As used herein the term “about” refers to ±10%.

The terms “comprises”, “comprising”, “includes”, “including”, “having” and their conjugates mean “including but not limited to”.

The term “consisting of means “including and limited to”.

The term “consisting essentially of” means that the composition, method or structure may include additional ingredients, steps and/or parts, but only if the additional ingredients, steps and/or parts do not materially alter the basic and novel characteristics of the claimed composition, method or structure.

As used herein, the singular form “a”, “an” and “the” include plural references unless the context clearly dictates otherwise. For example, the term “a compound” or “at least one compound” may include a plurality of compounds, including mixtures thereof.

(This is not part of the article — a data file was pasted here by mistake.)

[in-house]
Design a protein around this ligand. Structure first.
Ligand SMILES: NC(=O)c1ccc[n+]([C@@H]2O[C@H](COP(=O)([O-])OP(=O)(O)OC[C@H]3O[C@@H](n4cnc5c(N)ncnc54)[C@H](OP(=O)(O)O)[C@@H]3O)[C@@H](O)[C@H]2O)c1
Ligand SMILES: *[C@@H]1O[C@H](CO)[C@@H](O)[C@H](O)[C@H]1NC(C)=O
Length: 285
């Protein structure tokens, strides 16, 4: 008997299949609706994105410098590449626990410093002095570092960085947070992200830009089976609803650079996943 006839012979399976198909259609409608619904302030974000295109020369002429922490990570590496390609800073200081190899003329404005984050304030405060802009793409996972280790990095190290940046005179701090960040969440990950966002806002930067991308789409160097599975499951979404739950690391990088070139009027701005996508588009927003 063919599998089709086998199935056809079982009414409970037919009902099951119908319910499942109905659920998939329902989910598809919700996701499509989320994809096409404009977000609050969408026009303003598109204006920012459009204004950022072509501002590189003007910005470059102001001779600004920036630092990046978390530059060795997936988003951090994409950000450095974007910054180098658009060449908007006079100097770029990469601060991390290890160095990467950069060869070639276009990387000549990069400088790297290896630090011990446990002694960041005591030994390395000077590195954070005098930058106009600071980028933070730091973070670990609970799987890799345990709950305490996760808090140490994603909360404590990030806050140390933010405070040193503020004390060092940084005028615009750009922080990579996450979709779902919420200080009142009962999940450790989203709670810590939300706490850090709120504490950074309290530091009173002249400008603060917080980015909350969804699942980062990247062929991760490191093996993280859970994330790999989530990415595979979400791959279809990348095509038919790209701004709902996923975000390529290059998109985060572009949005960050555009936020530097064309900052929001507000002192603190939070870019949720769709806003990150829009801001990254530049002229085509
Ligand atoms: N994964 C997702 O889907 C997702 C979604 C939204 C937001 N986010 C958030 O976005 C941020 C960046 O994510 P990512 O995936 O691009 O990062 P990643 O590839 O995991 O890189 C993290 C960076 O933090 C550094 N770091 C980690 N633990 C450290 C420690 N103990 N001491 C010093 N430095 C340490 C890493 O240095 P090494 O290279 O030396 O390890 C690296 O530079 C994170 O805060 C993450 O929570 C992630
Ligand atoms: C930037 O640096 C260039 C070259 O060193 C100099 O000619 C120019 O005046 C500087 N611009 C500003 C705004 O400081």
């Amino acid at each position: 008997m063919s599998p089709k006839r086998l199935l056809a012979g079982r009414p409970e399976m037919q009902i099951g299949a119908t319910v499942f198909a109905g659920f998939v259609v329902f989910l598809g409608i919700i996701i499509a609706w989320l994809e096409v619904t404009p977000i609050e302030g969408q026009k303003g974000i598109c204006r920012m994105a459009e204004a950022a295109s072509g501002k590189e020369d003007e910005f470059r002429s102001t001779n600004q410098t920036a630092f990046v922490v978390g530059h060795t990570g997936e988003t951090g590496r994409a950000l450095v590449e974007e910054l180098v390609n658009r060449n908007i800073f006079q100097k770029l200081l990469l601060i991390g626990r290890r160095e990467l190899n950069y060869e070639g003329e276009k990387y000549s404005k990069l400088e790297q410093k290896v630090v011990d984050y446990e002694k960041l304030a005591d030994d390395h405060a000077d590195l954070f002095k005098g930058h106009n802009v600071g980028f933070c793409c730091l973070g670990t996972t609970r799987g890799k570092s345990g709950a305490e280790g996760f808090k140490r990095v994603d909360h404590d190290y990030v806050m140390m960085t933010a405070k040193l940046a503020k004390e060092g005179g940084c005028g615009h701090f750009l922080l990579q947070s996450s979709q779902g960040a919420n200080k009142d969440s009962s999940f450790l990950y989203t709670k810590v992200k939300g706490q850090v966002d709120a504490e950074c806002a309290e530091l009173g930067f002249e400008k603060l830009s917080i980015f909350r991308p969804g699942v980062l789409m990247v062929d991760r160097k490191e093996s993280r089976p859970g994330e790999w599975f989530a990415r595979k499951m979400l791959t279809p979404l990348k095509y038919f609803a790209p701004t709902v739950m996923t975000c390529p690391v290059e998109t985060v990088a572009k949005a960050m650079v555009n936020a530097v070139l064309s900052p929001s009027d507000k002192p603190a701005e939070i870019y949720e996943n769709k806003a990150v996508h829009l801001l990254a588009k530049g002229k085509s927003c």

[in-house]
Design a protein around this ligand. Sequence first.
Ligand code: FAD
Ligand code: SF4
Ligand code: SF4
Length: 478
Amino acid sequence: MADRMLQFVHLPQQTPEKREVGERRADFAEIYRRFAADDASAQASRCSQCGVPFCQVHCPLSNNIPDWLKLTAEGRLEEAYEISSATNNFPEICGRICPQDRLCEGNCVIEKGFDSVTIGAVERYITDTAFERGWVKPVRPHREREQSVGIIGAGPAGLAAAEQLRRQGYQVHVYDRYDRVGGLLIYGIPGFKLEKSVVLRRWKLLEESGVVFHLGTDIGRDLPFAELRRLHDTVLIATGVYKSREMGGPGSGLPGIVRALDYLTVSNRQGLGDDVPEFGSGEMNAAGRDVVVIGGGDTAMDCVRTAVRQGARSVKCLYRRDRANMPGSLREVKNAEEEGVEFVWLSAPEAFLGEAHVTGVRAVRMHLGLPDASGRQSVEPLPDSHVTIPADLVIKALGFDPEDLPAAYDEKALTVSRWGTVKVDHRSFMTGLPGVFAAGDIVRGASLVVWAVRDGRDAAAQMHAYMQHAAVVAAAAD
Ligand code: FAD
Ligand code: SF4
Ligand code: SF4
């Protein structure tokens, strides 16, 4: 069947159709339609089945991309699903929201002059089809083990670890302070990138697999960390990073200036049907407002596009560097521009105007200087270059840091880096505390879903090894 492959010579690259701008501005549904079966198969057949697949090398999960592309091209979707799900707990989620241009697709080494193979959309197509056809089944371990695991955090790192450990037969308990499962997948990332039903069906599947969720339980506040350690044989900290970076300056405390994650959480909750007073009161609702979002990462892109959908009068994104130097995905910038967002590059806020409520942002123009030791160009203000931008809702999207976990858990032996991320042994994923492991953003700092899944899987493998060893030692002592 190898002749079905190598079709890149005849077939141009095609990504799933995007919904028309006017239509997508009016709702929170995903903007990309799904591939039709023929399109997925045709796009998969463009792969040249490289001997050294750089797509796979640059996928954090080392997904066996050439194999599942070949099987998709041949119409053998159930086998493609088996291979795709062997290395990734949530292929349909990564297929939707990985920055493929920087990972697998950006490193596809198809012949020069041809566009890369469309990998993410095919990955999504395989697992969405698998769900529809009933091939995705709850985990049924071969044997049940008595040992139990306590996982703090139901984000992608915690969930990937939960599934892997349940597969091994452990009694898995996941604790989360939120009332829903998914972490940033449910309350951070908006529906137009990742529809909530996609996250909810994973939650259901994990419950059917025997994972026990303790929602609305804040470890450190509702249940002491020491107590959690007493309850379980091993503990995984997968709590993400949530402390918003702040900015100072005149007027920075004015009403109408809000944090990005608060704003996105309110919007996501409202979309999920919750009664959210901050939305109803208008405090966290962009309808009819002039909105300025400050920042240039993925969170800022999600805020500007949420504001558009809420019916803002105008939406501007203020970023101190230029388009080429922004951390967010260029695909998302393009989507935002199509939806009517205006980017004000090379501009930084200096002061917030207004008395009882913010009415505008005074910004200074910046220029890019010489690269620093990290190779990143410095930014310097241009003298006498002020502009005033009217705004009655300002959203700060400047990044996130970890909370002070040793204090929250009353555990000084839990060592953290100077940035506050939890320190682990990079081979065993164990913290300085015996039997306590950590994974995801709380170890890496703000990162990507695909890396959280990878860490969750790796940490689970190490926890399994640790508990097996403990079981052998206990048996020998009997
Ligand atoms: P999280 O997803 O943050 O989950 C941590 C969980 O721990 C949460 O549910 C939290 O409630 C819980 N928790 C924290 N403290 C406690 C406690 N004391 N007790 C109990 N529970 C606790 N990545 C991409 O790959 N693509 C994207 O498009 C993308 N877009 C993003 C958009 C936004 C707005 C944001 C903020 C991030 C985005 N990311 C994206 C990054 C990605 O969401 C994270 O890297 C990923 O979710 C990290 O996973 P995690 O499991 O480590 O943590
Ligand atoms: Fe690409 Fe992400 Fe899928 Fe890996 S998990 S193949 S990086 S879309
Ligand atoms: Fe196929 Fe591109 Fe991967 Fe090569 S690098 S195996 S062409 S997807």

Throughout this application, various embodiments of this invention may be presented in a range format. It should be understood that the description in range format is merely for convenience and brevity and should not be construed as an inflexible limitation on the scope of the invention. Accordingly, the description of a range should be considered to have specifically disclosed all the possible subranges as well as individual numerical values within that range. For example, description of a range such as from 1 to 6 should be considered to have specifically disclosed subranges such as from 1 to 3, from 1 to 4, from 1 to 5, from 2 to 4, from 2 to 6, from 3 to 6 etc., as well as individual numbers within that range, for example, 1, 2, 3, 4, 5, and 6. This applies regardless of the breadth of the range.